Sweets & Snacks

Leverage Easter to Plant-Based Chocolate Sales

Depending on where you live, you’re probably starting to notice Easter treats creeping into shops and online stores. Give it another month or so, and chocolate eggs and bunnies will be everywhere, with these items being the most-purchased Easter treats by far. 

A new infographic by ProVeg International explores burgeoning Easter chocolate sales alongside the growing demand for plant-based chocolate products. Throughout the infographic, ProVeg discusses how businesses can best capitalise on the opportunity for big plant-based chocolate sales at Easter.

Mummy Meagz Chuckie Eggs in box 3
©Mummy Meagz

Focus on familiarity 

A key reason for consumer hesitation when it comes to plant-based products is the perception that they won’t taste as good as animal-based products [1]. Thus, it is important for plant-based brands to produce products that successfully emulate the taste, texture, and look of their animal-based counterparts. 

By producing plant-based products that are similar to dairy-based consumer favourites, brands can secure the favour of the growing number of flexitarian consumers. 

This is something that plant-based brand Mummy Meegz (previously Mummy Meagz) has done exceptionally well. In 2019, the start-up made waves with its Chuckie Egg, which paid homage to a popular, classic Easter treat, Cadbury’s Creme Egg.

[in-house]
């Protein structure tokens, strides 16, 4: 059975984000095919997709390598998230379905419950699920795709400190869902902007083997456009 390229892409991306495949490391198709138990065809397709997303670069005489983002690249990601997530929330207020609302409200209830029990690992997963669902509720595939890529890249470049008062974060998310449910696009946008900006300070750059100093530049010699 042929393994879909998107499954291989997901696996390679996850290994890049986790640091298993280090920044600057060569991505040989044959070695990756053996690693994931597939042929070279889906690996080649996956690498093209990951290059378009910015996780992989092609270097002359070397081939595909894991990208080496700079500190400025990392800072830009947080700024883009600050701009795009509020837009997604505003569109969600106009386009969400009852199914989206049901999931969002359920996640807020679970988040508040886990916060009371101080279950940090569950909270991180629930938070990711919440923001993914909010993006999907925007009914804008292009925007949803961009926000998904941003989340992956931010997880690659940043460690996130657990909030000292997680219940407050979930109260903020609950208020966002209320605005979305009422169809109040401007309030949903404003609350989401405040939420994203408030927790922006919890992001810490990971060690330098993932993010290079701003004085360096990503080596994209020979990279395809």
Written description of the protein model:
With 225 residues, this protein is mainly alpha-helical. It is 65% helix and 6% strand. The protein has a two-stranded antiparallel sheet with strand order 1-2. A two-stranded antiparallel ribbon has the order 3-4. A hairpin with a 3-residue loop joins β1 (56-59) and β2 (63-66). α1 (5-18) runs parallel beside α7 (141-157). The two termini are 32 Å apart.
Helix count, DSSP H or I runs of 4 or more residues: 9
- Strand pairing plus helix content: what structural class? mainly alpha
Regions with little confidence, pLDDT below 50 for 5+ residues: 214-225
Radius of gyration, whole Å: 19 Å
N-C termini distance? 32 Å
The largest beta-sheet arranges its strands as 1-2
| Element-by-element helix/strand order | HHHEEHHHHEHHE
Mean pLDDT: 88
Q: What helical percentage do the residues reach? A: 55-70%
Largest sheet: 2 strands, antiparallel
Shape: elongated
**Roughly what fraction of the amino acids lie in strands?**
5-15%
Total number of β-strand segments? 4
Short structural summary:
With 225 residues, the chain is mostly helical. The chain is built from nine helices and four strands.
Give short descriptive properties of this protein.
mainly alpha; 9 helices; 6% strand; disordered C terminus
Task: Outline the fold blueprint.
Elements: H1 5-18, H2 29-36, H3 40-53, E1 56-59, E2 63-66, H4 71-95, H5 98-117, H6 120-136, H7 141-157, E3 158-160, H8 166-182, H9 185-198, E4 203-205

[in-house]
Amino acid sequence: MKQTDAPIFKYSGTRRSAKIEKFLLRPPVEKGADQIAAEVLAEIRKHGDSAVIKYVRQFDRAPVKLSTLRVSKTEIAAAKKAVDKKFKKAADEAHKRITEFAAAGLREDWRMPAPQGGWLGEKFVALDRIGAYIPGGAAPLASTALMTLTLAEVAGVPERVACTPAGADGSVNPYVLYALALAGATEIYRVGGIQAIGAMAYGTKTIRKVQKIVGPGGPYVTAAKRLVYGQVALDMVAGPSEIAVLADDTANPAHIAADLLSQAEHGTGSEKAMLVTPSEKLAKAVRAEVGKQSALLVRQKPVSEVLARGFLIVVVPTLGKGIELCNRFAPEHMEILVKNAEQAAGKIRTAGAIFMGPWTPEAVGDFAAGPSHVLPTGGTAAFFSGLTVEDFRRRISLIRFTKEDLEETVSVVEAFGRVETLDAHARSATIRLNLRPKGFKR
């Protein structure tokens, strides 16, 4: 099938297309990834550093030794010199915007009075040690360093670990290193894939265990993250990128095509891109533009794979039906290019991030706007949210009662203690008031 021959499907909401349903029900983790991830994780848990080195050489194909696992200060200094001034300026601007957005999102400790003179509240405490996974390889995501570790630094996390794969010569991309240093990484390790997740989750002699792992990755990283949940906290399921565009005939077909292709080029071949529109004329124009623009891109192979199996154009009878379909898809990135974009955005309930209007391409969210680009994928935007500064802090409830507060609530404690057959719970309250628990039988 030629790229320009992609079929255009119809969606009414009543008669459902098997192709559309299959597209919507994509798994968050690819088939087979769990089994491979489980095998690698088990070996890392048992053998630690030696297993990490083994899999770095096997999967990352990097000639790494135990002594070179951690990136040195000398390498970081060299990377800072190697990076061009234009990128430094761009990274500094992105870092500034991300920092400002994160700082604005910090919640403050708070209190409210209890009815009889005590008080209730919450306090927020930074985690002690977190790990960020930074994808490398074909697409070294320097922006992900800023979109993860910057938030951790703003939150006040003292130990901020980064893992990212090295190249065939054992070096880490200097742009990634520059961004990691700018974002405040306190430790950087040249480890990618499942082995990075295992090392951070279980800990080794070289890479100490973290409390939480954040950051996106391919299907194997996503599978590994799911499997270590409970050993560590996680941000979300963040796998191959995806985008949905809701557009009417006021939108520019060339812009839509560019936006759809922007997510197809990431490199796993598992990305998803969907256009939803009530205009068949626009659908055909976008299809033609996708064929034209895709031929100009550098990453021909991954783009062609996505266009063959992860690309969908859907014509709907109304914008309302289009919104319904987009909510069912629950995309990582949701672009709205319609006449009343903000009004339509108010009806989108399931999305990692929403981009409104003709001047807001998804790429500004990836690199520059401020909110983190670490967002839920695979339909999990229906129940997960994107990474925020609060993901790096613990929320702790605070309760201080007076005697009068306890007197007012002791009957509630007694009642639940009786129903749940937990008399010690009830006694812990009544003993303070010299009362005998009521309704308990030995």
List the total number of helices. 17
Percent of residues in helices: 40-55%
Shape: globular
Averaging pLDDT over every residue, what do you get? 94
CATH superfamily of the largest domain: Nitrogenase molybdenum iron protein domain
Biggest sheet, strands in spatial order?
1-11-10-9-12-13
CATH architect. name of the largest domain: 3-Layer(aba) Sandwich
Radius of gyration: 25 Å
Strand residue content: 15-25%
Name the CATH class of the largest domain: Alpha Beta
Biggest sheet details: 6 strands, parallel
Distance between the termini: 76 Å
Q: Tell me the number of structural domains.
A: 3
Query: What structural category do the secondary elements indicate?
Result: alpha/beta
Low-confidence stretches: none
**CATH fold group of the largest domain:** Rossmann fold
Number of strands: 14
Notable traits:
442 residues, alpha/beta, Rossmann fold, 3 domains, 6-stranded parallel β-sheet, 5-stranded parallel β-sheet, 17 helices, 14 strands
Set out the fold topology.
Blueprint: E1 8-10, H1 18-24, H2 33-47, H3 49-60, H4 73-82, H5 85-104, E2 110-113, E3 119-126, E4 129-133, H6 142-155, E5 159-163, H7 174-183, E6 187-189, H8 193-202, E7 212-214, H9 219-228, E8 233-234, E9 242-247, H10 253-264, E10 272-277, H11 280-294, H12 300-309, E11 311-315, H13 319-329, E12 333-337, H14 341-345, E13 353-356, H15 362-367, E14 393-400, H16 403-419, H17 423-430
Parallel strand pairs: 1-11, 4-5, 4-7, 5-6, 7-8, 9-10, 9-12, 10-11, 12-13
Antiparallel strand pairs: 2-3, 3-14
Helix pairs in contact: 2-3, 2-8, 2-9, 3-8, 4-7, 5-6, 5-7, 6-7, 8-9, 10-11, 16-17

Mummy Meagz Vegan Chuckie Creme Egg
©Mummy Meegz

By fostering familiarity and focusing on indulgence, Mummy Meegz’s Chuckie Egg sold in stores at a rate of one every 30 seconds following the launch [2]. The brand has since implemented the product into its range all year round. 

“We have many regular customers who are not vegan, purchasing our products. They buy us because they love the indulgent taste of our chocolate treats … Our products are vegan, but it certainly doesn’t mean our customers have to be.” [3]  Meagan Boyle, Founder of Mummy Meegz.

Price is important 

As well as familiarity, price is an important point of contention when it comes to producing plant-based choc, being one of the main barriers to flexitarian consumers making purchases. 

Mummy Meegz, ProVeg
Mummy Meegz, Image courtesy ProVeg

“Our aim is to offer our products at a competitive price, as we believe that the more we see reasonably priced vegan alternatives, the faster we can realise the potential for consumers to switch. The industry coming together to offer vegan alternatives is exciting and there is huge headroom to grow.” Meagan Boyle, Founder of Mummy Meagz.  

With the global vegan chocolate market worth an estimated $397.6 million, and forecasted to reach $1014.7 million by 2028, Easter offers the perfect opportunity for plant-based product producers to get involved.

Learn more about how to boost plant-based chocolate sales or visit ProVeg’s New Food Hub.


1.  Lindsay Bumps quoted in vegconomist (2019): Exclusive Ben & Jerry’s News! Available at: https://vegconomist.com/interviews/exclusive-ben-jerrys-news/ Accessed 2022-10-20.

2.  Webber, J. Vegan Cream Eggs arrive at Asda, (2021). Plant Based News. Available at: https://plantbasednews.org/lifestyle/food/vegan-creme-eggs-asda/. Accessed: 2022-10-27.
3. The Mother of Indulgence, pp16-17, (2022). Vegan Trade Journal. Available at: https://www.vegantradejournal.com/vtj/VTJ_ISSUE23/VTJ_ISSUE23.html#p=16. Accessed 2022-10-27.

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